How To Become a General Manager
What Does a General Manager Do?
General Manager Madelyn Scarpulla works at Loud & Proud, an indie label that has released records by String Cheese Incident, Lyrnrd Skynrd, Rush, Rob Zombie, and Lenny Kravitz.
“No day is ever typical at Loud & Proud Records,” she says, “We are a unique label in the sense that we are small and truly independent. That means that I have my hand in virtually everything — every aspect of a record’s release from beginning to end. I wear a lot of hats…all the hats! So for me, there is no typical day, as I am responsible for so much of the label’s function.”
“One day I could be on set at a video or photoshoot. One day I could be at the office generating metadata and barcodes for a release. Another day might be filled with marketing strategy meetings at our label’s distribution company, writing a marketing plan, working on budgets and pricing, having a lunch meeting with a media contact or strategizing with our social media teams.”
“The beauty of being a GM at a small independent record label is that I have ultimate control and decision-making power over everything we do.”
Label GMs have spent years in the music business learning the ropes before ever applying for a Label Manager position. “In my experiences, I’ve worked with GMs who have come from radio promotion, marketing, publicity, and sales departments,” Scarpulla says.
These people may have held roles such as Promotions Director, Staff Publicist, or Sales Manager. “Personally, I am a bit of a unique case, as I’ve had a wealth of experience in many different jobs. I came from radio and radio promotion and have experience in marketing, management, sales, and creative services. So I am a rare breed, in that I am a ‘general’ manager in the truest sense.
“My first job was in radio programming and promotion in Baltimore. It was there that I was introduced to the role of the Radio Promotion Reps at a label. They were the folks who walked into the radio station with brand new music. They brought the artists for their on-air interviews, they had the concert tickets, they brought us radio staffers backstage to meet the bands, and I thought, ‘That is the job I want.’”
“So I chased it and eventually became a Radio Promotion Rep for PolyGram Records in the mid-Atlantic. After being similarly attracted to the position of Product Manager, I made the segue to marketing and moved to New York. I’ve since done stints in marketing and sales at six major labels, three independent labels, and a management company. I carry much of that experience with me in my day to day duties today as GM.”
Education & Training
Aspiring Label GMs might want to consider programs in Marketing, Music Business, or to hone their writing and communication skills, perhaps English or Communications. On-the-job training, however, is more important than what a diploma says.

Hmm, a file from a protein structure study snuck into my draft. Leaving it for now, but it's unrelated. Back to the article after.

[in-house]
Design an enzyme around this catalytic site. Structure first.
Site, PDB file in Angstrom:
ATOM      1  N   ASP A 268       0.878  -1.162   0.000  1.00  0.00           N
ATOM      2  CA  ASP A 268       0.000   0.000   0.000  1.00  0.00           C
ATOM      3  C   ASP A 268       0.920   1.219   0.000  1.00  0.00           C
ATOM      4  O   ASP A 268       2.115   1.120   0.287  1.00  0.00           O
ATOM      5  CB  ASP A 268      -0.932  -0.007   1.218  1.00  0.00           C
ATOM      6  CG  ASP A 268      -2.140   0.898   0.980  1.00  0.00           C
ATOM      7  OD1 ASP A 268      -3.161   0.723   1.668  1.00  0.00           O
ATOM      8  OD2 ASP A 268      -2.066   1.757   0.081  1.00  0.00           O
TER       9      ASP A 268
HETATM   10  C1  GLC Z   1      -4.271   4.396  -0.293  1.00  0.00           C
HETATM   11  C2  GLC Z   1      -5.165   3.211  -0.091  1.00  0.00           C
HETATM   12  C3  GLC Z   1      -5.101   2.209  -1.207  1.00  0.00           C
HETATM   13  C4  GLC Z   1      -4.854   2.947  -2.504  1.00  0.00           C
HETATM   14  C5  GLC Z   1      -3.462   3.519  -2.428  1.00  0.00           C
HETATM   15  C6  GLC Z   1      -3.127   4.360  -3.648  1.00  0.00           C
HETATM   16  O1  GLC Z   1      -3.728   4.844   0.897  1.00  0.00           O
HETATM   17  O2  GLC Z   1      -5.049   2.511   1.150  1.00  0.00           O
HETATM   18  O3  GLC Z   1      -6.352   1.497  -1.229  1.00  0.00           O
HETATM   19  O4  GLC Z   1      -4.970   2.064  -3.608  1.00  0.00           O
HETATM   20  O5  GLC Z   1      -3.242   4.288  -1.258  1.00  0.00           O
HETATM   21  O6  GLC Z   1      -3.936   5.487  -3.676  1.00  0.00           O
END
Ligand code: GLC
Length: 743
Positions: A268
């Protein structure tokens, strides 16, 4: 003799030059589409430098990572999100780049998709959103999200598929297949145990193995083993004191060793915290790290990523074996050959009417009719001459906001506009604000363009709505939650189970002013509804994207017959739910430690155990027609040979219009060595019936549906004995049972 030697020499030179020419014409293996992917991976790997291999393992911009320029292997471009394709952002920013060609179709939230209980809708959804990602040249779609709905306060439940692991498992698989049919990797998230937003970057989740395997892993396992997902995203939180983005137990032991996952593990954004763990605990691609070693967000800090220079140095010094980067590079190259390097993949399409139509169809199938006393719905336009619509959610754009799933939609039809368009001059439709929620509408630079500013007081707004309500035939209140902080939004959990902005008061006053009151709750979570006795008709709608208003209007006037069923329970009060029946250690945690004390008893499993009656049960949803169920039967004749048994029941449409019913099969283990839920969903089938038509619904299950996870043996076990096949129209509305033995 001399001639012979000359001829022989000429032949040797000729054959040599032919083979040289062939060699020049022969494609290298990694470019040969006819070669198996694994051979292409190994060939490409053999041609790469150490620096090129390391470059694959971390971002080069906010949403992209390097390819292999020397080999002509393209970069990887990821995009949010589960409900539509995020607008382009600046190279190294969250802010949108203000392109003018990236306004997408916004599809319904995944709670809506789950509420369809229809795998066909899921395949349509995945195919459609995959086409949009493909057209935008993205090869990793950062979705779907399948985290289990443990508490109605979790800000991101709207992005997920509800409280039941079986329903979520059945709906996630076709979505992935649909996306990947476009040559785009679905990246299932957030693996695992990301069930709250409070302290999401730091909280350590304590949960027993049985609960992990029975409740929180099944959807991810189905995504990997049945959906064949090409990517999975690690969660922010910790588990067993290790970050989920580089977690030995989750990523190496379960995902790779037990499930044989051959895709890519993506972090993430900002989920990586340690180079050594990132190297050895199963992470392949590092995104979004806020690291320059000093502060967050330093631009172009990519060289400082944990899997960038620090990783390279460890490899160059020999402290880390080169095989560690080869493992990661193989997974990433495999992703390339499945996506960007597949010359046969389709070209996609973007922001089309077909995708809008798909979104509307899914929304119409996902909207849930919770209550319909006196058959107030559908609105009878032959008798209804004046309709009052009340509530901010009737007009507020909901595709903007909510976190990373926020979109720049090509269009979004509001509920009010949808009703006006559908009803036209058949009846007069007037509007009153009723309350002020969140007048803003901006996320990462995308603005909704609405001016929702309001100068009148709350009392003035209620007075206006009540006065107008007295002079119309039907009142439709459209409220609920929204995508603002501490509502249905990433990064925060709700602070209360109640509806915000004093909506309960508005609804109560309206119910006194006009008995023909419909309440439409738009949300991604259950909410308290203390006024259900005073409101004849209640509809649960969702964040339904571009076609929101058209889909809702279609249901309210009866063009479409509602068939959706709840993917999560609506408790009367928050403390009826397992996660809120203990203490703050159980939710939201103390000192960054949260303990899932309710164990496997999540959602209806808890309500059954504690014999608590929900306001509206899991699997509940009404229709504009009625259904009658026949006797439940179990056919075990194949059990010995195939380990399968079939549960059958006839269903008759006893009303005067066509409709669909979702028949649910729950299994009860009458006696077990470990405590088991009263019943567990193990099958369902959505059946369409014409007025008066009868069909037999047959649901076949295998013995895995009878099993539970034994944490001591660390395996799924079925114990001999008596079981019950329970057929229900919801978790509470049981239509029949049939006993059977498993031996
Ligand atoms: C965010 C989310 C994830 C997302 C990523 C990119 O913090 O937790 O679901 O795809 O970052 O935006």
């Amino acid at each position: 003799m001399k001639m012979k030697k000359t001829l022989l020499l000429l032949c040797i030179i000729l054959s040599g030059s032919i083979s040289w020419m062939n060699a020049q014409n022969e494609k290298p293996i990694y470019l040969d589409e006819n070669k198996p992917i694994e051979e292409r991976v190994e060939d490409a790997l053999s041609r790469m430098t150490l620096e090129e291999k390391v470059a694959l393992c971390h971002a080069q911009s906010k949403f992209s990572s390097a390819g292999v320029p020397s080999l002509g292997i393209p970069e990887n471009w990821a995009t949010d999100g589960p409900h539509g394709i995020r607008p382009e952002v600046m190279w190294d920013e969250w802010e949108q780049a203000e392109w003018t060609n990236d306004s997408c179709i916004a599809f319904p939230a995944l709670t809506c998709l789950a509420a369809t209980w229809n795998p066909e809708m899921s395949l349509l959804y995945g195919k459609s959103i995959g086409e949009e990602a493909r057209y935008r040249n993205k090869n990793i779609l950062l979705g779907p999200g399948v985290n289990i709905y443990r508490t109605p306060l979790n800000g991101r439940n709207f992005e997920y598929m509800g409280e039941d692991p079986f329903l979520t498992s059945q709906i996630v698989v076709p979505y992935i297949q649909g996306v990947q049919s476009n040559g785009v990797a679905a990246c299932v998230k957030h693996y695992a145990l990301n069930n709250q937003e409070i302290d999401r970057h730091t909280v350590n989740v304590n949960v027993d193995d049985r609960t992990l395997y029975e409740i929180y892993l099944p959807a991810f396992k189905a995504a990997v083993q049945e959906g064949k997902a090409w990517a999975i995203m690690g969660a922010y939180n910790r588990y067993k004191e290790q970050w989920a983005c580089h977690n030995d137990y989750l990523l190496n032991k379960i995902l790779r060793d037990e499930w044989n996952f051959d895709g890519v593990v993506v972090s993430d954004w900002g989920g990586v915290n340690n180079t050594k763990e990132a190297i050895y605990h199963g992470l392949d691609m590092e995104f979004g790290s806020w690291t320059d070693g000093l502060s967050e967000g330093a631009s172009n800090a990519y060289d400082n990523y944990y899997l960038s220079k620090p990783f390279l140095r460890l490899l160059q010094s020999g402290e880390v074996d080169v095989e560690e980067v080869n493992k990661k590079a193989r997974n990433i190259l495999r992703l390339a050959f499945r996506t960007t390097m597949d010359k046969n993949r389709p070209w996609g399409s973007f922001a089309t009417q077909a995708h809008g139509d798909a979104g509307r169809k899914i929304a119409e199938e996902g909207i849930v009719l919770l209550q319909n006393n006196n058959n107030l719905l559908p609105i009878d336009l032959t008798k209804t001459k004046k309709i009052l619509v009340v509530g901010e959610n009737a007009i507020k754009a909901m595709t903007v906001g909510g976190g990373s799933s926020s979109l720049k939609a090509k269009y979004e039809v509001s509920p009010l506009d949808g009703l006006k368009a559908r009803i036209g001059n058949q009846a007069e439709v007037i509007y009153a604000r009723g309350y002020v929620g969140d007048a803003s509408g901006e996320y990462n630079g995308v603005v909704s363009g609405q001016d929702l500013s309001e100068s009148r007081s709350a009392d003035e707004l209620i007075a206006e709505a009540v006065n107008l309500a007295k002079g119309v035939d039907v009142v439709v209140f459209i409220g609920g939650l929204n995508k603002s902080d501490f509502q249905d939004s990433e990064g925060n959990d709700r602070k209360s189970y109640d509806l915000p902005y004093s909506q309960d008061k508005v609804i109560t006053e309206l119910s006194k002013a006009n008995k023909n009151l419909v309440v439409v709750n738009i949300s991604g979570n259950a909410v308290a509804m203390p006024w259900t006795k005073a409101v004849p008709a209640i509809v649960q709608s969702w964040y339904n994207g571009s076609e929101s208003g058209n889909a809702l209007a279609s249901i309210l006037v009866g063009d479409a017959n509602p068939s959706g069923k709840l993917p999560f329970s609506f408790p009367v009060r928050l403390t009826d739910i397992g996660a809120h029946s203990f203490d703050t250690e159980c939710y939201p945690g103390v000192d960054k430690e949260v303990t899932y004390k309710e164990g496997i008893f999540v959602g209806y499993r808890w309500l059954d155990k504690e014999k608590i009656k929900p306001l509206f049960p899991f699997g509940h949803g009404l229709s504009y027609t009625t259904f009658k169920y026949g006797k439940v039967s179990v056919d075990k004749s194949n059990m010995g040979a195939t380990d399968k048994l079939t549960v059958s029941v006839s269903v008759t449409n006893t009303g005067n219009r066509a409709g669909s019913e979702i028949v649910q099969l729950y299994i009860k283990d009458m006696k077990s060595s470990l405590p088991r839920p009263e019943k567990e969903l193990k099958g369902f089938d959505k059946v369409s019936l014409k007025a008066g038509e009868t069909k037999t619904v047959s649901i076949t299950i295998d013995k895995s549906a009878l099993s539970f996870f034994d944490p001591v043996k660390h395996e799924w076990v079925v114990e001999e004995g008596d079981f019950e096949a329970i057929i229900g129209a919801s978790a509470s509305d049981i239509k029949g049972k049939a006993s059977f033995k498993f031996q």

“A label’s GM typically has many years of experience at a record label (either major or independent),” Scarpulla explains. “Through that experience, a GM has acquired an excellent understanding of what a successful campaign entails and how each department within the label contributes to that success.”
“All marketing and promotion-related departments at a label report to the GM so the GM is generally a veteran on the marketing side of the business. [Academic] training and education don’t necessarily apply here, as job experience and a proven successful track record are key.”
“Usually, a label’s GM will have come from a specific department with particular expertise in one area but because the person is a well-rounded veteran, all departments benefit from his or her leadership.”
What Skills Do You Need?
“Knowledge of the functions of each department of a record label is required for a successful GM,” says Scarpulla, “and as I mentioned, prior experience working at a label is required, too. It’s not just theory, nor is it X-number of years at the same label, doing the same job, but rather hands-on experience in a marketing-related field that makes the best GMs.”
“Some of those fields are radio promotion, marketing, sales, publicity — all of those departments work together so closely and a GM must have a keen sense of how all those departments are co-dependent.”
“GMs are leaders,” Scarpulla says. “They manage people. They motivate. They support. They encourage. They create. They must endure pressure and stress. They must apply pressure and stress! The music industry is fun. It’s an enviable position to have but it’s not all fun and games. The best GMs are calm, cool, and collected while being able to both motivate and support their staffs. Our best GMs lead by example.”
The work lifestyle of a GM at an indie label and a GM at a major can vary widely.
Scarpulla explains, “Being at an independent label means that I am completely independent. This means that my hours, days, and time are my own. I don’t punch a clock. I don’t have to be in the office by a certain time. I am not committed to weekly meetings. Basically, I don’t keep a regular schedule.
“The good news is that I can live my own life and keep my own hours and am very productive as a result. The bad news is that I feel like I work 24/7 and am always available and on-call. But when you’re passionate about your work, it doesn’t always feel like work.”
“A major-label GM’s life is completely different and much more structured with an obligation to be in the office for nine to ten hours a day. No thanks!”